Untangling a deadly web: The Paris attacks, the suspects, the links

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Story highlights

  • Court documents detail 2010 prison break plot
  • Of the four suspects in connection with the Paris attacks, two were brothers; the other two were boyfriend-girlfriend
  • The four were linked to each other, and reportedly to al Qaeda and ISIS

(CNN)Connect the dots, piece together the paths of terrorists.

That's one challenge for authorities in the wake of last week's bloodshed in France. Understanding what happened is one thing. Understanding why it happened requires not just knowing the players involved but also their backgrounds and how they were linked.
    And, according to authorities and sources, the links extend between the suspects in the Paris shootings and some of biggest names in the terror world.
    They have been tied to two of the world's biggest and strongest terrorist groups: al Qaeda and ISIS.
    The names Cherif Kouachi, Said Kouachi, Amedy Coulibaly and Hayat Boumeddiene are now known around the world, with three of them dead and the fourth -- Boumeddiene -- being sought.
    Here's what they did and their relationship to one other.
    CHERIF KOUACHI
    Who was he?
    Like his brother, Said, the 32-year-old French citizen of Algerian descent was born in Paris and raised in orphanages and foster homes from a young age. Reports in French media described him as a rap fan more interested in chasing girls than going to the mosque -- at least until he became a student of well-known French spiritual leader Farid Benyettou.
    Where did he go?
    French Justice Minister Christiane Taubira told CNN that one of the Kouachi brothers had been in Yemen in 2005, but did not say which one. On Friday, shortly before his death as police stormed the building where he and his brother had holed up, Cherif Kouachi told CNN affiliate BFMTV that he'd trained in Yemen with al Qaeda in the Arabian Peninsula (AQAP).
    The United States believes Cherif Kouachi traveled to Yemen in 2011, but investigators are still trying to confirm that the trip happened and corroborate details with other intelligence, a U.S. official said.
    In 2005, he was arrested for being part of a jihadist recruitment ring in Paris that sent fighters to join the conflict in Iraq. The arrest came not long before he and another man were about to set off for Syria en route to Iraq, where war was raging.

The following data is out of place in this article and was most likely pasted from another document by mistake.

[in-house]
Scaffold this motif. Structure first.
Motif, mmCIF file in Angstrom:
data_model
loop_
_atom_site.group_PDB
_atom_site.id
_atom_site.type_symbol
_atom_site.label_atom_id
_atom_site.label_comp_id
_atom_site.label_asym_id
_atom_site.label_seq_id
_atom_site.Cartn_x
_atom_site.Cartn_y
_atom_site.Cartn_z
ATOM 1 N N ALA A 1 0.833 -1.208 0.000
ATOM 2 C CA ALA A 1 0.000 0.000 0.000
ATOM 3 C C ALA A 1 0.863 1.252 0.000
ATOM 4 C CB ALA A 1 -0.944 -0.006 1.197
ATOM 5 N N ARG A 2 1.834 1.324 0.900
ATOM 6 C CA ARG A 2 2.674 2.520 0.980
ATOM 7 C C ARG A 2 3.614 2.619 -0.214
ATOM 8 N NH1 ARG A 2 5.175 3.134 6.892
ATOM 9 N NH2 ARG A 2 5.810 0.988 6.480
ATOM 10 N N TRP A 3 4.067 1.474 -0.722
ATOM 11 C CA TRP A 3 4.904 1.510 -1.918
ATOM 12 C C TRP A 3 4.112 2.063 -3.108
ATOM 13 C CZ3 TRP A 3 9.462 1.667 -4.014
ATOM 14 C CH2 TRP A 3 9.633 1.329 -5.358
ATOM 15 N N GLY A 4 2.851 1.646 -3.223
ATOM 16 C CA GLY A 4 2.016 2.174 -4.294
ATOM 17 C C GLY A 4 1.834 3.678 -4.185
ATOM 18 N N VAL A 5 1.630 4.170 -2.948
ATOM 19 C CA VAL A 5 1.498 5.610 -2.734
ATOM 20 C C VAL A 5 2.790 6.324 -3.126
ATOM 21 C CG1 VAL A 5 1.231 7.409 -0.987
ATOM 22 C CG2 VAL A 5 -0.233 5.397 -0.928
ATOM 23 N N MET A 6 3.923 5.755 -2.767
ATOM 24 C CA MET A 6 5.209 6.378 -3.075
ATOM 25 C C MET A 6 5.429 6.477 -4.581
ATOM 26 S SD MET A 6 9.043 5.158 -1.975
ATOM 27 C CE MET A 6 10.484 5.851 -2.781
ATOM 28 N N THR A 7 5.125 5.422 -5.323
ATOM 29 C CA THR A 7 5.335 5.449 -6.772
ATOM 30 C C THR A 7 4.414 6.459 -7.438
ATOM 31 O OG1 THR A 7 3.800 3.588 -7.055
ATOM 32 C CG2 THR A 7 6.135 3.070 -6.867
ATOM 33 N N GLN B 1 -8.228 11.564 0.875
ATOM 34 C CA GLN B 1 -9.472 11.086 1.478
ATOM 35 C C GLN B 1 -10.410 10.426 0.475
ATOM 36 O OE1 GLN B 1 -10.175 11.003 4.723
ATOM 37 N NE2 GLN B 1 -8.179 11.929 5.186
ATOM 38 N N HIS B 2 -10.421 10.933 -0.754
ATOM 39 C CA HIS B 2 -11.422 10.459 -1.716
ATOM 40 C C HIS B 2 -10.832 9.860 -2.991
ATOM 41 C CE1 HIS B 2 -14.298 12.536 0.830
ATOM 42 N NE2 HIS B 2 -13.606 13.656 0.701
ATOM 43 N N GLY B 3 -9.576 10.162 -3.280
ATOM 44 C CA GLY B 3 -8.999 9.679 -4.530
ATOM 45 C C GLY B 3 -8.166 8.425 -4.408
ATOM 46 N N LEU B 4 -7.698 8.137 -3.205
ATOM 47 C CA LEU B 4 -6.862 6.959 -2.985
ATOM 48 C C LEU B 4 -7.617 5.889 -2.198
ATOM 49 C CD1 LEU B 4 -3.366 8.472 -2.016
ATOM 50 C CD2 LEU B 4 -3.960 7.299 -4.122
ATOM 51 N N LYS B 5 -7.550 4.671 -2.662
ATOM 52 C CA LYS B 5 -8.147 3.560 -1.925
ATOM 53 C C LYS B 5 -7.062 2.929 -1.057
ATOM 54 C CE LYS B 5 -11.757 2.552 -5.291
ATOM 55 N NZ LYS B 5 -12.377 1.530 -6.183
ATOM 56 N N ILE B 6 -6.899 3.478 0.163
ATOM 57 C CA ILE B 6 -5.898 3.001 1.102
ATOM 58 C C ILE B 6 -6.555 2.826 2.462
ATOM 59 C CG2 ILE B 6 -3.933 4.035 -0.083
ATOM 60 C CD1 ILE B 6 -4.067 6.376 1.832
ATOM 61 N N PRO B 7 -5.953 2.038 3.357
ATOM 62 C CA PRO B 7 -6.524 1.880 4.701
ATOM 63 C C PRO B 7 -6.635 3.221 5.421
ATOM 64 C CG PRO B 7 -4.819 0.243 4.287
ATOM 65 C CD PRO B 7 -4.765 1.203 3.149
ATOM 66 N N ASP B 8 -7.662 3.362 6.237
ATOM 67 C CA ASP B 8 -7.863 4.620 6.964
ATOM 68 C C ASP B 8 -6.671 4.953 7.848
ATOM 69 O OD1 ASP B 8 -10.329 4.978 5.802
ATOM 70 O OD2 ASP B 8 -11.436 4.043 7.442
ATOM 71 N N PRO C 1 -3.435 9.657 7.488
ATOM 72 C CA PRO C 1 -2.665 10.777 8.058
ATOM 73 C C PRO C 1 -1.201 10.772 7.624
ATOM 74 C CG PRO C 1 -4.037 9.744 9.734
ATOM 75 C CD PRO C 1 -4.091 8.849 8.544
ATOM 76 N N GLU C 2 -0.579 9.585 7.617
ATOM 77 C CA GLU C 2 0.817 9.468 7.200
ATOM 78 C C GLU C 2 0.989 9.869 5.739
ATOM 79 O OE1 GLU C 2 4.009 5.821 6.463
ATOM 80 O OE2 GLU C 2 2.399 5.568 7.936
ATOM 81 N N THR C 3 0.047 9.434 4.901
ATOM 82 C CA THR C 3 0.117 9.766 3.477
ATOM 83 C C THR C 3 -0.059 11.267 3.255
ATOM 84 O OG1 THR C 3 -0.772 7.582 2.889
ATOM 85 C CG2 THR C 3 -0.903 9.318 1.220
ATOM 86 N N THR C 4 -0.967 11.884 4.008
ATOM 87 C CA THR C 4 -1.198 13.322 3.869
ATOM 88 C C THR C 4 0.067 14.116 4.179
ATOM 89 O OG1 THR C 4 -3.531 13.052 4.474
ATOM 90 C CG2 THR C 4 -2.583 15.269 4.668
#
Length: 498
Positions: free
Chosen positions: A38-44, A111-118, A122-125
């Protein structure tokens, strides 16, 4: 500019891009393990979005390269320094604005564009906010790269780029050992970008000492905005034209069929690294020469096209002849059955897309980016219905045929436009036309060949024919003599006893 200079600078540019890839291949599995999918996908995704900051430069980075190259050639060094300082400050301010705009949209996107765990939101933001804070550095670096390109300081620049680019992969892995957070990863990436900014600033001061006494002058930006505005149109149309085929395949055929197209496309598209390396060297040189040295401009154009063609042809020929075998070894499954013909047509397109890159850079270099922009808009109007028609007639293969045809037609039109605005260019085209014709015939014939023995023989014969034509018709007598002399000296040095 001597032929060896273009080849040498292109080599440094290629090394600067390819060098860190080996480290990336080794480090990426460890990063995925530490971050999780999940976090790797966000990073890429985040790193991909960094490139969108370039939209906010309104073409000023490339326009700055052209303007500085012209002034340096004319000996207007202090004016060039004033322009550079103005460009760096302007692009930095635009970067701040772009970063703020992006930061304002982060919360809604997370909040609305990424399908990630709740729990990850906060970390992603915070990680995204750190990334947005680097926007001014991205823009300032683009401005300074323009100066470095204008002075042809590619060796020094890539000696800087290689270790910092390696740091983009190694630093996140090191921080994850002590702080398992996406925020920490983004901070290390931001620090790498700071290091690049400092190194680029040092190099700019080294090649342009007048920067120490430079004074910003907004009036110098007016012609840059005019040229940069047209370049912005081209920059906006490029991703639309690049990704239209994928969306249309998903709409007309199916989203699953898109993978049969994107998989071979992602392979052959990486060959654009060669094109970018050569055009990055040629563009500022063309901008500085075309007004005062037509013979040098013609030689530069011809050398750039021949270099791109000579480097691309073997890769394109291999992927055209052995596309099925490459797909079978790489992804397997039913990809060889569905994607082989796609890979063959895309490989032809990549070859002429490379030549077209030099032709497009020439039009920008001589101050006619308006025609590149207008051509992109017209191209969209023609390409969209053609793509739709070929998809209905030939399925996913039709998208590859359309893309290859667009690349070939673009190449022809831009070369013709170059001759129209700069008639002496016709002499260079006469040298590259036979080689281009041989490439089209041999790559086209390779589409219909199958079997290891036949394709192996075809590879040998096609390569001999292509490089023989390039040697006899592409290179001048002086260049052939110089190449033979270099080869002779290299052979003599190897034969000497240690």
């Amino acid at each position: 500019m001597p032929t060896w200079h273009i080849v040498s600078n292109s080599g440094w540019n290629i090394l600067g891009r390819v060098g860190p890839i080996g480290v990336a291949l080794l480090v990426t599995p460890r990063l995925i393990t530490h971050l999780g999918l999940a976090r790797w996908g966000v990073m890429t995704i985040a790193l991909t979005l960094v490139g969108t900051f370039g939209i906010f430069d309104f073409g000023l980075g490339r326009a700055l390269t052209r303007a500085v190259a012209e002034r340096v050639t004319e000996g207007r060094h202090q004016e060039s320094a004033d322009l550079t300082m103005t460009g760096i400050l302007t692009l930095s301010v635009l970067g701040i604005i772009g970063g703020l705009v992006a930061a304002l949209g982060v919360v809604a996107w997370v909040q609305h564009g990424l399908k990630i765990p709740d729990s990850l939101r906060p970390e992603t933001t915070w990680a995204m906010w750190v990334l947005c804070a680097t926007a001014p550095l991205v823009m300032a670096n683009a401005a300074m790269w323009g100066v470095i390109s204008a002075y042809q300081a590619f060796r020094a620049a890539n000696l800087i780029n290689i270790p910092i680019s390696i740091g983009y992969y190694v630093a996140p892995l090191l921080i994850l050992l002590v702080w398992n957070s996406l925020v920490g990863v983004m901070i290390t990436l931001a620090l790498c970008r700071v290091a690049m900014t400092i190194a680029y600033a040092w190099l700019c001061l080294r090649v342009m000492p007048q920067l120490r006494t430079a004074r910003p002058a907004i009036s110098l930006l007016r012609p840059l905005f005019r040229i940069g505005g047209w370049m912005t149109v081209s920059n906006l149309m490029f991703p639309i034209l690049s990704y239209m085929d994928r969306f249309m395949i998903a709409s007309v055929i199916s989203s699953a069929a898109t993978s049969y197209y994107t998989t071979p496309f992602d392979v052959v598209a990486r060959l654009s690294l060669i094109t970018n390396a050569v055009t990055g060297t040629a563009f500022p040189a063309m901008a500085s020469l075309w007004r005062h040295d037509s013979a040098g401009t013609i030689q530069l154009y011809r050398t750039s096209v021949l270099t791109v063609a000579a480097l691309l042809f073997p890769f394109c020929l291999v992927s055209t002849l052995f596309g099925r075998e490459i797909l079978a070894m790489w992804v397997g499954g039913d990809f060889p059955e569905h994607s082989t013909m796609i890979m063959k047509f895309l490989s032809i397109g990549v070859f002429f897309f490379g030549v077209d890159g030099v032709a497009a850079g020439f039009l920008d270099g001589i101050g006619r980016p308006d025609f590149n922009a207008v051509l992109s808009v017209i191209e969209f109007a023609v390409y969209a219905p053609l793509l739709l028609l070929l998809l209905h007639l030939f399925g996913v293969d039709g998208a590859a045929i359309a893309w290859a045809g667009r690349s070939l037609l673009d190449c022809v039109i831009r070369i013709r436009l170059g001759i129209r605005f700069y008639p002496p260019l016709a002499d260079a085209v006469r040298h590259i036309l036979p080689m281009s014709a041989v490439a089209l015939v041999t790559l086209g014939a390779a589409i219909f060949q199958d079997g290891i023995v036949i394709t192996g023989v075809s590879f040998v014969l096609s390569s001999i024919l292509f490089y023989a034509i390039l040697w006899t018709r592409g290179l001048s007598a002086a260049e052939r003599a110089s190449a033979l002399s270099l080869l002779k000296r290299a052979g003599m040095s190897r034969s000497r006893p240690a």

Evidence suggests Cherif Kouachi traveled to Syria and returned to France in August 2014, a French source close to that nation's security services told CNN.
    Who did he know?
    In his conversation with BFMTV, Cherif Kouachi said he met with Anwar al-Awlaki, the American-born Muslim who was the face of AQAP until he was killed in the fall of 2011 in a U.S. drone strike.
    While in pretrial detention before his eventual conviction of being part of a jihadist recruitment ring, Cherif met Djamel Beghal, who was in prison for his role in an attempted attack against the U.S. Embassy in Paris in 2001. Beghal, a French Algerian, was once known as al Qaeda's premiere European recruiter.
    Cherif Kouachi and Amedy Coulibaly were also close associates, according to court documents obtained by CNN, which show that French authorities knew alarming details about them as recently as a year ago.
    Once they were freed from prison, they would visit Beghal, bringing him food and money and sometimes spending days at his apartment. Boumeddiene was also part of the visits.
    Cherif Kouachi and Coulibaly hid their conversations by using code names over disposable cell phones, according to the court documents.
    SAID KOUACHI
    Who was he?
    Like his brother, Cherif, the 34-year-old French citizen grew up an orphan.
    Mohammed Benali, who runs the mosque in Gennevilliers, the suburb where Cherif Kouachi had an apartment, said the two brothers used to come to Friday prayers there "not assiduously but regularly."
    He told Le Figaro that he knew Said Kouachi better, but that he hadn't seen either of the brothers at the mosque in at least two years. He said the older brother was "a very reserved man," but he recalled one angry outburst in the mosque when the imam encouraged the faithful to vote in the presidential election.
    Said Kouachi "had an angry reaction, he left the prayer room and voiced his disagreement," Benali said. "For these lunatics, when we practice and teach moderate Islam -- actual Islam -- we're nonbelievers."
    Where did he go?
    A senior Yemeni national security official told CNN that Said Kouachi entered Yemen multiple times with an officially issued visa, during which time he was "not being watched."
    Kouachi first went to Yemen in 2009, said Yemeni journalist and researcher Mohammed al-Kibsi. Officials haven't confirmed a connection between the two.
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    He stayed there until mid-2010 before leaving briefly and returning at the end of that year. He remained in Yemen most of 2011, according to Kibsi, who said he met the man twice.